Peeler" That's "Gets-It."
Tver peel a banana? That's tha way
"Oets-It" peela off corns. It's tha only
corn treatment that will. "Oete-lt" la a
guarantee that yon won't finally haa to
goose, pick. Jerk or cut out yonr corns. If
No Mora Eacaaa far Cams or Corm-Pai
yon want tha pleasure of retting rid of a
com. be aura to set "Gta-Il." It ia Its won
oVrful formula that baa made "Uta-It"
th corn marvel that ll la. used by mora
snlltlona than any other corn traatmant on
earth. faw drope on any corn or callua,
that's alt It can't atlck. It Is painless,
aaes pain. Tou can kick your "corny"
fret around, even In tlsht shoee, and your
Corel won't crucify you. ou can go
atiead and work, dance. live, lova and
laugh, aa thourh without corns.
"vit-lt." tha - guarantead. money-back
corn-remover, tha oniy aure way, coats but
a trifle at any drag store. MTd by K. Law
rence Co.. Chicago. 111. Sold In Portland
and recommended aa tha world's boat com
remedy try Owl Drug Cow, 21 gtoree on tha
HAVRE, Oct. 19. "In the course of
the day we continued to pursue the
enemy," says the Belgian official com
munication issued today. "We have oc
cupied Zeebrugee and Bruges and
Dassed the Bruges-Ghent canal nd
made progress toward Aeltre."
WITH THE CANADIAN ARMY IN
THE LE CHATEAU SECTOR, Oct- 18.
(By the Associated Press.) The
Americans and British south of Le
Chateau pressed forward today in the
face of violent counter attacks and a
determined resistance from machine
guna hidden In shell holes and gained
more than three kilometers..
More than 1500 prisoners have been
Yank Tanka Help.
American tanks . yesterday crossed
the Selle River In a dense fog, steering
by compass, leading the attack against
the Germans. Prisoners said they were
overcome by the suddenness of the ar
rival of the tanks in the fog. An enemy
trench mortar officer, captured at his
gun, had not had time to fire a single
PARIS. Oct. 19. The French armies
all along the front have been successful
in their combats against the Germans,
making advances at numerous points
and at others warding off violent
counter-attacks, says tonight's official
communication. In Champagne the
French have reached the Hunding line,
attacked It and captured St. Germain-
mont Seven hundred prisoners w ere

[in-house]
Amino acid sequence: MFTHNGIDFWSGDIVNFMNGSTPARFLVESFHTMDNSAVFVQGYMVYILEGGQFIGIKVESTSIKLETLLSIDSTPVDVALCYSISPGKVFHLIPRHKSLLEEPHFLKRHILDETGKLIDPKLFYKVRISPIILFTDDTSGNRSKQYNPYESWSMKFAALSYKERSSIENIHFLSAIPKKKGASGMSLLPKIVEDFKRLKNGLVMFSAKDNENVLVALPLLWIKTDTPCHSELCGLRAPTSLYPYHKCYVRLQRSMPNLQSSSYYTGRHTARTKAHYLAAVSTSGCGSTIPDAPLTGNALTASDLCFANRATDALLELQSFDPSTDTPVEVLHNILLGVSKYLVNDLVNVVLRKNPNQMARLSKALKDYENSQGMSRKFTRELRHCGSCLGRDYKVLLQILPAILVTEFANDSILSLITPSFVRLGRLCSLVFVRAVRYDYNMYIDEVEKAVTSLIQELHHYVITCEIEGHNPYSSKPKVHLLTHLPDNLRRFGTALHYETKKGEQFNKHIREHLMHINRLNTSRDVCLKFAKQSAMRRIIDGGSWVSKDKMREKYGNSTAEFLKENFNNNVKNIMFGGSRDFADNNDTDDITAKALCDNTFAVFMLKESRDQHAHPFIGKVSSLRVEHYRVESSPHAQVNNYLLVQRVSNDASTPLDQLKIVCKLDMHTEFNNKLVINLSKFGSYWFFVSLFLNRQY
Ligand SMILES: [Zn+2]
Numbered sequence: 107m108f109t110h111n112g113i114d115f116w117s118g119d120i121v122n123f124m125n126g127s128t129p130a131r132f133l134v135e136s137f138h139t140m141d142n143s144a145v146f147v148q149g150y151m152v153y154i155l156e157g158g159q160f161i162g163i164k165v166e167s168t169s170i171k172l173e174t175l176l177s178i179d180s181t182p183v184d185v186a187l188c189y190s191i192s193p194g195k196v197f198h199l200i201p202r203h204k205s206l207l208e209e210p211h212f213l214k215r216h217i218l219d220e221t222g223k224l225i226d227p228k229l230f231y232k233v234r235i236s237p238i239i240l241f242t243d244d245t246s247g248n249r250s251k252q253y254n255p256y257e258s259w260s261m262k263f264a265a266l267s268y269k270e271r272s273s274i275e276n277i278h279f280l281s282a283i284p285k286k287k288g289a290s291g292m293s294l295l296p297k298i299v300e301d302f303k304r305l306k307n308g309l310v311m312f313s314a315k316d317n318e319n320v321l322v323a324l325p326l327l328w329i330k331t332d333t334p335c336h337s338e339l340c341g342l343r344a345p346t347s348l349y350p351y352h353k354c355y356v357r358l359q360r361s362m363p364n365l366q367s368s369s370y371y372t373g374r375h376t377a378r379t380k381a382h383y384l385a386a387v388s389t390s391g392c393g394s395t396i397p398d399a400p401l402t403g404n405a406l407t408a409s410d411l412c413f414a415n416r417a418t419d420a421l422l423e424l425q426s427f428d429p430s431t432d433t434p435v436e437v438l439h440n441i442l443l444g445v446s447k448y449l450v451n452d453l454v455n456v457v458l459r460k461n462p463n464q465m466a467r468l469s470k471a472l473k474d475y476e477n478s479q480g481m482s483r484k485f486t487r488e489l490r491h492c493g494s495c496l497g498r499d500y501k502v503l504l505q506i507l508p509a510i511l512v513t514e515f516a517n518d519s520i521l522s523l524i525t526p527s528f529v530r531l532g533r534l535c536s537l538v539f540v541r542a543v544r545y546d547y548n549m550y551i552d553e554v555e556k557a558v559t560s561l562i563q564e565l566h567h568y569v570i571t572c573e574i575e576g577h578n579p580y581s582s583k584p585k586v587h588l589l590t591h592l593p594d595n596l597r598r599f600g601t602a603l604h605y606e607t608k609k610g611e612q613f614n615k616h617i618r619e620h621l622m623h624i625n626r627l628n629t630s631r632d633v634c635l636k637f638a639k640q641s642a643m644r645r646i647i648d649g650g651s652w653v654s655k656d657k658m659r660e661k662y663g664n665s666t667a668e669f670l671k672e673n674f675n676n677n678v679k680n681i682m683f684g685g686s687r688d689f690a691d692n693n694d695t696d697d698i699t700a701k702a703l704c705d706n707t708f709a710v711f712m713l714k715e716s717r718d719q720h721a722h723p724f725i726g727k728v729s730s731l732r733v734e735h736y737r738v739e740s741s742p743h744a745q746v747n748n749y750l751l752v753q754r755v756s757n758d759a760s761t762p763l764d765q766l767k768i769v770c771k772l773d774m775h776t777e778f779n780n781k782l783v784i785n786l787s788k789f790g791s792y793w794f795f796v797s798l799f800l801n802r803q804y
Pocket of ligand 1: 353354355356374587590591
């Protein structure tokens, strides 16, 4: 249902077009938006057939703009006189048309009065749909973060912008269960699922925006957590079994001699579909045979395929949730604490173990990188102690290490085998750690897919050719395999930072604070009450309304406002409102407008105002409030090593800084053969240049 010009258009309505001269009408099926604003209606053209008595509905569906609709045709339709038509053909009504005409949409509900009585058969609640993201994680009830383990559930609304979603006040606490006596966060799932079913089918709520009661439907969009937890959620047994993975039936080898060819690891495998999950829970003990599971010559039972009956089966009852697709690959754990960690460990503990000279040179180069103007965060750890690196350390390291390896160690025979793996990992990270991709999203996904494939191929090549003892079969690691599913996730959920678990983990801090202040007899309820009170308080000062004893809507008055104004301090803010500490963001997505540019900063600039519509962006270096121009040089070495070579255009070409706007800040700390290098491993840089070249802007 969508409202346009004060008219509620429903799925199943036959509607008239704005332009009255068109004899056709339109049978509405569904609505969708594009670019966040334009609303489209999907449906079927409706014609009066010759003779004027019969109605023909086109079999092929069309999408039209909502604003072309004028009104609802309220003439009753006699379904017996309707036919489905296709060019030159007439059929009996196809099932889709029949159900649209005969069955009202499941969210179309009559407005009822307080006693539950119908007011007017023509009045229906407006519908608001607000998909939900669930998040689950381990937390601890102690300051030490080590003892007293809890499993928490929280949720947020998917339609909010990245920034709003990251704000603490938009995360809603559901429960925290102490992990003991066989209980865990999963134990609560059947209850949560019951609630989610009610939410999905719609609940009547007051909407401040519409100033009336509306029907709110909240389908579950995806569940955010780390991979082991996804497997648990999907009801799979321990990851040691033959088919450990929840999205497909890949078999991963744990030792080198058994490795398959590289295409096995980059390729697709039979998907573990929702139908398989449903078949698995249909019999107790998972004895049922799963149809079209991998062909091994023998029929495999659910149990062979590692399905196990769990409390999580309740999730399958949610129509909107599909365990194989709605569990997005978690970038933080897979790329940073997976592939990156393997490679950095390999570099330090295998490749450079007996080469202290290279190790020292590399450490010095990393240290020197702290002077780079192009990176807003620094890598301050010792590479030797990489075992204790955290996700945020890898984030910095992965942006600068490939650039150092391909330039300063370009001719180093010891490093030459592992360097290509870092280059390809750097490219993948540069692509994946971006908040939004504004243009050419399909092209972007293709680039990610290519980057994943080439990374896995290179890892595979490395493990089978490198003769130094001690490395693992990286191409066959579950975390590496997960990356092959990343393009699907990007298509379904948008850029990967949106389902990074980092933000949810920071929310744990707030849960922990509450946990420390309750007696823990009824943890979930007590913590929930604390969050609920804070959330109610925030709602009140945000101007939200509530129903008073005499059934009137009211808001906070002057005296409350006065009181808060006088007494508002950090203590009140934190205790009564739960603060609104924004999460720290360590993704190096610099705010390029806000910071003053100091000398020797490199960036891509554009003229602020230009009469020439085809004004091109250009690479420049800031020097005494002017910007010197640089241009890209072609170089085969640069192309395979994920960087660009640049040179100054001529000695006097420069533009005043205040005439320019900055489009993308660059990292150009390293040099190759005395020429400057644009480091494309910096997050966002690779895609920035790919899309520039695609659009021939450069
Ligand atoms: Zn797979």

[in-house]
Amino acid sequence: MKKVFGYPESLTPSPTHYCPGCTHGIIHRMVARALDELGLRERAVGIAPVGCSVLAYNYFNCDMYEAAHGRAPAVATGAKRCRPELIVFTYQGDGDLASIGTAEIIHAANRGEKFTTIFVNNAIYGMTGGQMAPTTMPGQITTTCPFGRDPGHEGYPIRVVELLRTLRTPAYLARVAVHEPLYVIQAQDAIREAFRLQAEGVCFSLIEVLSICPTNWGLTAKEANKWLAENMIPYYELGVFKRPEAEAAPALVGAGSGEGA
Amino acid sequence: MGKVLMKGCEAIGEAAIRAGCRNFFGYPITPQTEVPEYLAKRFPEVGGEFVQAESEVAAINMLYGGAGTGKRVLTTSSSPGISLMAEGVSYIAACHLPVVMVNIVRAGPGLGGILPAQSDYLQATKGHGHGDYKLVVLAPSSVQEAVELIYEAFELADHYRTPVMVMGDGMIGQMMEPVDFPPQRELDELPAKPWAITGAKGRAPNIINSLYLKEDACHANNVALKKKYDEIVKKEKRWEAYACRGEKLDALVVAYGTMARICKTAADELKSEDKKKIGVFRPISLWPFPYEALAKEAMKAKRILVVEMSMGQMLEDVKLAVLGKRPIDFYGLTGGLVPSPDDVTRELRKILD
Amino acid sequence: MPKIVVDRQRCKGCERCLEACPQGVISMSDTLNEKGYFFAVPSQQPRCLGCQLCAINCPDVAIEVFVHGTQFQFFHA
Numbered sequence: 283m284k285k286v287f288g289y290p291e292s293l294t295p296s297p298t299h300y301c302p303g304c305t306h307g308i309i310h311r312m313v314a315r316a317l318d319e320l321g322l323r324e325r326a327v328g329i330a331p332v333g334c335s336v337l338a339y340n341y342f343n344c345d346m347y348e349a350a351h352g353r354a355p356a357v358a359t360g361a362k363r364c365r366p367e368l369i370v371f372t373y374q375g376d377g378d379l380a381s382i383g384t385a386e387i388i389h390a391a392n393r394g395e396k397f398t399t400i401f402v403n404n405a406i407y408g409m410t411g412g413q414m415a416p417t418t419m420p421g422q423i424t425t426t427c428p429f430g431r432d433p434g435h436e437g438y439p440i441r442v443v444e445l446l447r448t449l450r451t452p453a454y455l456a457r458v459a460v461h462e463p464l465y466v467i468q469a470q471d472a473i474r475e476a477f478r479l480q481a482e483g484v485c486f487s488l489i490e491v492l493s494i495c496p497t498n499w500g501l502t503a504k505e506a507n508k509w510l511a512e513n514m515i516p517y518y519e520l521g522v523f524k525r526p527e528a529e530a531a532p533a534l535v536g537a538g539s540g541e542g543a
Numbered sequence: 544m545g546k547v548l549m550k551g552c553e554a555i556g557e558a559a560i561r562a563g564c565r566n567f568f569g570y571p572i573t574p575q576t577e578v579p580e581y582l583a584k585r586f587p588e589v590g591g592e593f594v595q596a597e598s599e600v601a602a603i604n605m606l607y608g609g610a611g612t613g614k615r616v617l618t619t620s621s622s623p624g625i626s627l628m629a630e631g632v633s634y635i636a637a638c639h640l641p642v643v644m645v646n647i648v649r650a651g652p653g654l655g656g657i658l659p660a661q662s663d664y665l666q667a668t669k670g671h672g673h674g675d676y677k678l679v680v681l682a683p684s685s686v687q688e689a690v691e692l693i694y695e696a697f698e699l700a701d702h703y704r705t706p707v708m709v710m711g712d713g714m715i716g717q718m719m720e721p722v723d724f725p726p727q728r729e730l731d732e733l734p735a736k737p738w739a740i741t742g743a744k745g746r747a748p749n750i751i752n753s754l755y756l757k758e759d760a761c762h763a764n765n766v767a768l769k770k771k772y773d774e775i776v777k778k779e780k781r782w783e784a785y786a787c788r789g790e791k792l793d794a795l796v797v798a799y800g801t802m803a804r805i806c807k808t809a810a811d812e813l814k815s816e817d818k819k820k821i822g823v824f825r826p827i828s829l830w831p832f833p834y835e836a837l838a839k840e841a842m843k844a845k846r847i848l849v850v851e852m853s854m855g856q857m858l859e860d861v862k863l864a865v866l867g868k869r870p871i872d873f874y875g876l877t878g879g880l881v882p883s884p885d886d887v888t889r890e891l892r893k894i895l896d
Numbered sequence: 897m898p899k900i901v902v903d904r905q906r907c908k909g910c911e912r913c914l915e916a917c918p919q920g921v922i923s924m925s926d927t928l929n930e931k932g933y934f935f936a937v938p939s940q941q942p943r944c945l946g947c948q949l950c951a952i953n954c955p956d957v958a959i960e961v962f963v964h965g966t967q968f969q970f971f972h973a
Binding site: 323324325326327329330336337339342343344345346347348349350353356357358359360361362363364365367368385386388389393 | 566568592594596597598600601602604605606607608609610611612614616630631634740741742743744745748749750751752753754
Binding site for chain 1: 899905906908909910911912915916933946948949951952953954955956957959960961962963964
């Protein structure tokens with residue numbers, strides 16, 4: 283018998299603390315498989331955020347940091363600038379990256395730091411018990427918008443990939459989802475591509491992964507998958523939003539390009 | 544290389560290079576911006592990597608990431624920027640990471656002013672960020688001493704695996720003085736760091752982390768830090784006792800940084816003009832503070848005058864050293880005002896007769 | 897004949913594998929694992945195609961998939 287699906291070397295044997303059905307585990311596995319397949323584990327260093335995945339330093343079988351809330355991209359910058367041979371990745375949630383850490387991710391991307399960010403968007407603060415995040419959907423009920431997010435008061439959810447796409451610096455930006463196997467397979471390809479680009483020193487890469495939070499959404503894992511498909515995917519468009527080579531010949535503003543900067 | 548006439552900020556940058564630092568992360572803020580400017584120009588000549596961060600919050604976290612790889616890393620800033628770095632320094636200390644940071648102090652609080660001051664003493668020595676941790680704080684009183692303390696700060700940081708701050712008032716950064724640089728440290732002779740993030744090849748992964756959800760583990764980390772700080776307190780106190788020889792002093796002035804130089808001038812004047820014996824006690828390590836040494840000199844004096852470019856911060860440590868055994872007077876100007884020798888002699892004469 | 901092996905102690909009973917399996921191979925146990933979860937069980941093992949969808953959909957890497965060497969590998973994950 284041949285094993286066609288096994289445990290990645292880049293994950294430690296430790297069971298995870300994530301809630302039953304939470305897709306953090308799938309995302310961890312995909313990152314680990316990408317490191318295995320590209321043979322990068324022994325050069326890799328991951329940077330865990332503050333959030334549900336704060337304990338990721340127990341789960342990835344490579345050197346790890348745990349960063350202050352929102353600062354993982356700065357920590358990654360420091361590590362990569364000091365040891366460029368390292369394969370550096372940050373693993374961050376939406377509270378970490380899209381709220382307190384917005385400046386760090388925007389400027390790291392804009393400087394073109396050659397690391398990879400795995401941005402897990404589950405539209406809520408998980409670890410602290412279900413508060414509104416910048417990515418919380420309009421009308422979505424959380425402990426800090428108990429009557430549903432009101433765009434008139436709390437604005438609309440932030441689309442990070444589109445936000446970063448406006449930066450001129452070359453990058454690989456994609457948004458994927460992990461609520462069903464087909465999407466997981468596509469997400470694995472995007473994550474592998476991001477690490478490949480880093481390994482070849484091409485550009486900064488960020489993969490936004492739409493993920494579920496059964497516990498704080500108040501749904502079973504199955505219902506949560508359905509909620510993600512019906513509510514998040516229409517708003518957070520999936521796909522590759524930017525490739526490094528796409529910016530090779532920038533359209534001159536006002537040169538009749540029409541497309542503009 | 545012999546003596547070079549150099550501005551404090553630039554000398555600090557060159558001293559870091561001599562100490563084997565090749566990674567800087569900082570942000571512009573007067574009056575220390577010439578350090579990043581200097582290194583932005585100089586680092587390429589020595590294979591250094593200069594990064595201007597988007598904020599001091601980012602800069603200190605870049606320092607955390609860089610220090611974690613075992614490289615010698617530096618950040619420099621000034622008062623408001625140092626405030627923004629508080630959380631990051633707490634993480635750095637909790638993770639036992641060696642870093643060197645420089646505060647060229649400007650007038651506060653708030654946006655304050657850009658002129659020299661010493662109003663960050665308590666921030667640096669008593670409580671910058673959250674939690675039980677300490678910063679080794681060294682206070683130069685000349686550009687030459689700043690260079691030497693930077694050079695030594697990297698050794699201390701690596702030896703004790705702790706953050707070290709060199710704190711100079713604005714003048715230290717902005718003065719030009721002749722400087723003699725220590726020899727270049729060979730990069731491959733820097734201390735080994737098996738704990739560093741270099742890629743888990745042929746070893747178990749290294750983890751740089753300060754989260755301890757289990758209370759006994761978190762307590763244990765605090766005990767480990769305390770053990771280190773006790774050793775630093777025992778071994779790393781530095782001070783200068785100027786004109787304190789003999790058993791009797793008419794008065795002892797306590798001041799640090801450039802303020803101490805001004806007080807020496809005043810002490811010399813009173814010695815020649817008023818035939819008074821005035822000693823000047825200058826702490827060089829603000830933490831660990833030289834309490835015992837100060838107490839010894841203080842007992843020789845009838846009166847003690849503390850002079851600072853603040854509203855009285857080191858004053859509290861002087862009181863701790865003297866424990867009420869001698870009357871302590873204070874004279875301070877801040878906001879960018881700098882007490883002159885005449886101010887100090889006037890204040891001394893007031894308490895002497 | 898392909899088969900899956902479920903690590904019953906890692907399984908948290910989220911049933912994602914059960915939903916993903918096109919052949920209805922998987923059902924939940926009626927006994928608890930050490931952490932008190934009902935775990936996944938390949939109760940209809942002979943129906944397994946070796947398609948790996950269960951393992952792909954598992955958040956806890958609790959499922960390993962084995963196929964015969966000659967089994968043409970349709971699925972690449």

Vessel Had Been Equipped With
Bnoysncy Boxes, Which Were Ex
pected to Keep Her Afloat.
NEW YORK. Oct. 19. The American
steamship Lucia, equipped with the
buoyancy boxes and supposed to be un
sinkable. has been sunk, according to
word received here today In shipping
circles. She was torpedoed by a sub
marine In the Atlantic but details are
The Lucia, formerly an Austrian
freighter of the same name, left an
Atlantic port with cargo on October 12.
LONDON, Oct. 19. Commenting on
the report in the Handelsblad, of
Amsterdam, that German ubmarines
had been ordered by wireless to re
turn at once to their bases, the York
shire Post says:
"If the Handelsblad story is as In
nocent as It seems, it is a damaging
story of German mitigation of 'fright
fulness.' If the German government
can wireless to all its submarines, it
could have prevented the outrage on
the Leinster by telegraphing to all
U-boat commanders that atrocities
must not be committed.
"Outrages have been excused In Ger
many on the ground that It is Impos
sible to communicate with U-boats by
wireless telegraphy. But If the gov
ernment can recall the U-boats by
wireless telegraphy they could have
modified the ferocity without waiting
for President Wilson."
of the Spanish influenza epidemic by
executives of the State Board of Health
Spanish influenza among the crew
which resulted In three deaths, forced
the Japanese steamer Meikai Maru,
which left San -Francisco October 7, to
put into Honolulu today to ship a new
crew, the marine department of the
Chamber of Commerce announced.
Vancouver Has Many Cases of Span
VANCOUVER, Wash.. Oct. 19. (Spe
cial.) The epidemic of Spanish Influ
enza continues serious, according to
Dr. Lynne A. Fullerton, of the United
States Health Service, who has been
sent here to Investigate. He Instructed
a nurse to canvass a certain district
yesterday and of 376 people visited, 43
The parish hall of St James Catholic
Church has been made a temporary
hospital and a number of graduate
nurses are there to care for patients,
assisted by a corps of nurse aides, or
ganized by Mrs. Elizabeth Sterling. St
Joseph's Hospital is filled.
At Vancouver Barracks there is a
scarcity of nurses and the Government
could give employment to 15 at once
if they could be found.
"Flu" Patients Slay Get Uquor.
VICTORIA. B. O, Oct 19. British
Columbia's Provincial Cabinet met in
secret session today to decide if con
fiscated stocks of liquor should be do
nated to hospitals to assist in stopping
the Spanish influenza. The Cabinet's
decision will be become known Monday.
Victoria now has over 700 cases of
Spanish influenza and Vancouver' over
BOARD VOTES FOR SUSPENSION
OF E. F. WILLIAMS.
Accused Educator Is Cleared of All
Nine Charges Preferred Against
Him by Subordinates.
Complete exoneration of Principal
Cleveland, of Benson Polytechnic
School, and recommendations that legal
steps be taken to prefer charges
against E. F. Williams, a professor in
the institution, closed last night's In
vestigation of charges- preferred
against Mr. Cleveland by his subordi
nate. The board voted unanimously for
the suspension of Mr. Williams from
There, were nine counts In the com
Dlaint. including incompetency, dis
courtesy, improper ventilation of build
ings, overcrowding, and other short
comings on the part of the principal
Captain E. A- Sommer said the board
would take responsibility for the